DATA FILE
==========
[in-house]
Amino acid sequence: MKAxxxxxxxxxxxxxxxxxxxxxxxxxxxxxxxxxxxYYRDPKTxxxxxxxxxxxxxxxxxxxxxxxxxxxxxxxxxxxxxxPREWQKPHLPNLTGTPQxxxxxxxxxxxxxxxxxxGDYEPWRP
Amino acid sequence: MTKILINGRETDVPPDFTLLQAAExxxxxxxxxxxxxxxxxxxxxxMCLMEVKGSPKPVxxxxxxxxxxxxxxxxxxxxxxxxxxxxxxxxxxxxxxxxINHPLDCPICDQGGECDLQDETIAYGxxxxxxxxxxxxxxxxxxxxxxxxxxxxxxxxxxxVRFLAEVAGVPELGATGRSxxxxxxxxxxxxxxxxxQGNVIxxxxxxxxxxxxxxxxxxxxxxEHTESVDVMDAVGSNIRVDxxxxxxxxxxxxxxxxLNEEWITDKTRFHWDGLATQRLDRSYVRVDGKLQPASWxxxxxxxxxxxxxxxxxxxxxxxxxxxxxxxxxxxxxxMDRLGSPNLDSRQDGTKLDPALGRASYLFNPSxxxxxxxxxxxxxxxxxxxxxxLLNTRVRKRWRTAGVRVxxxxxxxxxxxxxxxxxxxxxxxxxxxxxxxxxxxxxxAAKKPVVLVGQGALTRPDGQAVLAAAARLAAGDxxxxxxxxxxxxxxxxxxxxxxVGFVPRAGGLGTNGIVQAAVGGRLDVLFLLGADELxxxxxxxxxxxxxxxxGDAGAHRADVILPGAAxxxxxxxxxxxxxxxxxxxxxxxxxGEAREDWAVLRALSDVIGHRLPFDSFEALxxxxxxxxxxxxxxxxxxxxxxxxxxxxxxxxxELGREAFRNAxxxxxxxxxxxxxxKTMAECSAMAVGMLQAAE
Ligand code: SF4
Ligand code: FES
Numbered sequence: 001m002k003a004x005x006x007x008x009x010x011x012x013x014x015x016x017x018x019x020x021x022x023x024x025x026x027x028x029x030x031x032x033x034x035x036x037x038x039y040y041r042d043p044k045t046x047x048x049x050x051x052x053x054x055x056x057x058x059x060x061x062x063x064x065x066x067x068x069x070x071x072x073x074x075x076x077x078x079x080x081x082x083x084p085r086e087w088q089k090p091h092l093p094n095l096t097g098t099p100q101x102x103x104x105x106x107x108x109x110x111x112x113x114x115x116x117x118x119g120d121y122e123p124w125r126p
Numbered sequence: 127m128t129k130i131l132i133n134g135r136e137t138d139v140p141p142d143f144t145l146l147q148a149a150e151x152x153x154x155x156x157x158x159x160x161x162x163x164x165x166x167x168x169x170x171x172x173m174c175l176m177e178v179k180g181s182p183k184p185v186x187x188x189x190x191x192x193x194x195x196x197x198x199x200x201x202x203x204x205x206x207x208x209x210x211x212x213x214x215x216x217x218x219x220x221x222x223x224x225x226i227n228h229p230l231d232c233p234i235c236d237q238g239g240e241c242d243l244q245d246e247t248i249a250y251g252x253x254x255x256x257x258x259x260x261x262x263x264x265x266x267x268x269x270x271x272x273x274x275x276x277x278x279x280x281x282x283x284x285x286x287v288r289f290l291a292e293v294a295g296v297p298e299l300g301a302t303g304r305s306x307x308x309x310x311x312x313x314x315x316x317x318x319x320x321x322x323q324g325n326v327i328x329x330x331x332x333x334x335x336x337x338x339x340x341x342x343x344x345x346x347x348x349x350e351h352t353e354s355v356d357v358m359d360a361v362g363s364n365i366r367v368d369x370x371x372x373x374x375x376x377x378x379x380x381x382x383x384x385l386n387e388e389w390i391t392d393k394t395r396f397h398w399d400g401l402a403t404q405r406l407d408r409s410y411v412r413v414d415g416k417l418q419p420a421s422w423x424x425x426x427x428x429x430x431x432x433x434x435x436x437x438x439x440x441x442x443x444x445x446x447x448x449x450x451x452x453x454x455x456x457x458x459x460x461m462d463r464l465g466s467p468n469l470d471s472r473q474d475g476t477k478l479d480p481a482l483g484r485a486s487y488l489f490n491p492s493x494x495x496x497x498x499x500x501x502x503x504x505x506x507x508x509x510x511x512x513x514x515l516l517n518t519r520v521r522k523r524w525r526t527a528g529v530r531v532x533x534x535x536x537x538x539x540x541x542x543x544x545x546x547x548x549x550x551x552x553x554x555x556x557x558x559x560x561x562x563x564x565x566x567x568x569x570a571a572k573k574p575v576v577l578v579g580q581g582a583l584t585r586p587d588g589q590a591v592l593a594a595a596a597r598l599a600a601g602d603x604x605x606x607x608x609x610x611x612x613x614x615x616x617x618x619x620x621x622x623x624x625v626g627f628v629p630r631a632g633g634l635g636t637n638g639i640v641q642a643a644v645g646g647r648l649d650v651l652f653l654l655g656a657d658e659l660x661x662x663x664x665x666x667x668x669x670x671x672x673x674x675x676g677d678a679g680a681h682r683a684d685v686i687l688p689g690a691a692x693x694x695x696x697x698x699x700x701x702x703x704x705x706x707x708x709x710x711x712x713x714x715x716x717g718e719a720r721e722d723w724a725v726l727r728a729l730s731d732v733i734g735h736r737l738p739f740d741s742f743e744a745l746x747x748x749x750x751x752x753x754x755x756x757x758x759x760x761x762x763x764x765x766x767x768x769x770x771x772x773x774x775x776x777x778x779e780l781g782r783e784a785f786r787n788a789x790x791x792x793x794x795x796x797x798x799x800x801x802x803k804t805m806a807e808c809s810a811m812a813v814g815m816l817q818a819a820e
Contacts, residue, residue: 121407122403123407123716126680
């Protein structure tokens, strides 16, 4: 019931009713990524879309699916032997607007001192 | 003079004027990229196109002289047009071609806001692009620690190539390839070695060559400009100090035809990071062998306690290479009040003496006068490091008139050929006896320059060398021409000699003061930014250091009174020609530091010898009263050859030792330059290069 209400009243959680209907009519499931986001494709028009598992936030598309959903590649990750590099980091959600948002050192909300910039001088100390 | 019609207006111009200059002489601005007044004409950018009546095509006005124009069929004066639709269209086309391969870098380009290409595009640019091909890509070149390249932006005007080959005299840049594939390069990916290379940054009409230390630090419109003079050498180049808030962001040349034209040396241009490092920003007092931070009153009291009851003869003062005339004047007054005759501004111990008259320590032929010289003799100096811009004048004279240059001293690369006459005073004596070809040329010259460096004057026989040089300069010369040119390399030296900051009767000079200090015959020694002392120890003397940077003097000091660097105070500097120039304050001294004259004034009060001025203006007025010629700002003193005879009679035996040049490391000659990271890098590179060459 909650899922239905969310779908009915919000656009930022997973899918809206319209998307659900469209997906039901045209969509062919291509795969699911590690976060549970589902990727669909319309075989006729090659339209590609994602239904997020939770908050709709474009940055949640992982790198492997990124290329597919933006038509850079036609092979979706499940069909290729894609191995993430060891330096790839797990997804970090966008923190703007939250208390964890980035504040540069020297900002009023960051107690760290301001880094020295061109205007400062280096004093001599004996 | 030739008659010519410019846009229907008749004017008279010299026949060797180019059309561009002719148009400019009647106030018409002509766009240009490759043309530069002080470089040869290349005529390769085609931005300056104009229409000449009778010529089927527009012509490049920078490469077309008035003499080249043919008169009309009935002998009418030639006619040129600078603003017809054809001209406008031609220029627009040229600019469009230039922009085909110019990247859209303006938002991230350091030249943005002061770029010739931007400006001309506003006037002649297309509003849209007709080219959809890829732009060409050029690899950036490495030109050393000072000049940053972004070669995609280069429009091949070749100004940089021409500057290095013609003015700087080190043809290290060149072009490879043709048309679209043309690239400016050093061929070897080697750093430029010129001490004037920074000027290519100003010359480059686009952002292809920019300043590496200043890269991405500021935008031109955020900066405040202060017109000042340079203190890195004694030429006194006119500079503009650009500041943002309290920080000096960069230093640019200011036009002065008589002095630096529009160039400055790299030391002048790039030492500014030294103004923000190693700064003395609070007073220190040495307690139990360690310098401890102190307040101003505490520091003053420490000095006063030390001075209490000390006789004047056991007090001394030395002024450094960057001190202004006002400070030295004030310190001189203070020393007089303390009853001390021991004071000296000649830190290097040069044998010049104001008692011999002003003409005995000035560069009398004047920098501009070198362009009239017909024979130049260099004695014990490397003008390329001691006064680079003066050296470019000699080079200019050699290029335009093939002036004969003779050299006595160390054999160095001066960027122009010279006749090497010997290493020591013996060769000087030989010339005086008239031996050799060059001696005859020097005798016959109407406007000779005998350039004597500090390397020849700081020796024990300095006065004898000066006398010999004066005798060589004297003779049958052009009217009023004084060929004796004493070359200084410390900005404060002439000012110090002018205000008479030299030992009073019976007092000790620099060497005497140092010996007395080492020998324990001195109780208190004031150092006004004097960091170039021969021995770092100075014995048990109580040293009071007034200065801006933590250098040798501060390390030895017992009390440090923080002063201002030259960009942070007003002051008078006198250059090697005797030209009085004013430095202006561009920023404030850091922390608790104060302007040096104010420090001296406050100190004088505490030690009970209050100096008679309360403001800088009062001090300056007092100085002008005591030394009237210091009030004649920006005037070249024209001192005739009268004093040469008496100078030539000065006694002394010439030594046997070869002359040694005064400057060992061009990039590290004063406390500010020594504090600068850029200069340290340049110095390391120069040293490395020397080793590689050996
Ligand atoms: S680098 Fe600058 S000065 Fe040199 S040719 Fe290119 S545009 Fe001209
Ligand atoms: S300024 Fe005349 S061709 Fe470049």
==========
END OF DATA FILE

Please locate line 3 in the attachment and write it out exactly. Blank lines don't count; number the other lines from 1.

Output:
Amino acid sequence: MTKILINGRETDVPPDFTLLQAAExxxxxxxxxxxxxxxxxxxxxxMCLMEVKGSPKPVxxxxxxxxxxxxxxxxxxxxxxxxxxxxxxxxxxxxxxxxINHPLDCPICDQGGECDLQDETIAYGxxxxxxxxxxxxxxxxxxxxxxxxxxxxxxxxxxxVRFLAEVAGVPELGATGRSxxxxxxxxxxxxxxxxxQGNVIxxxxxxxxxxxxxxxxxxxxxxEHTESVDVMDAVGSNIRVDxxxxxxxxxxxxxxxxLNEEWITDKTRFHWDGLATQRLDRSYVRVDGKLQPASWxxxxxxxxxxxxxxxxxxxxxxxxxxxxxxxxxxxxxxMDRLGSPNLDSRQDGTKLDPALGRASYLFNPSxxxxxxxxxxxxxxxxxxxxxxLLNTRVRKRWRTAGVRVxxxxxxxxxxxxxxxxxxxxxxxxxxxxxxxxxxxxxxAAKKPVVLVGQGALTRPDGQAVLAAAARLAAGDxxxxxxxxxxxxxxxxxxxxxxVGFVPRAGGLGTNGIVQAAVGGRLDVLFLLGADELxxxxxxxxxxxxxxxxGDAGAHRADVILPGAAxxxxxxxxxxxxxxxxxxxxxxxxxGEAREDWAVLRALSDVIGHRLPFDSFEALxxxxxxxxxxxxxxxxxxxxxxxxxxxxxxxxxELGREAFRNAxxxxxxxxxxxxxxKTMAECSAMAVGMLQAAE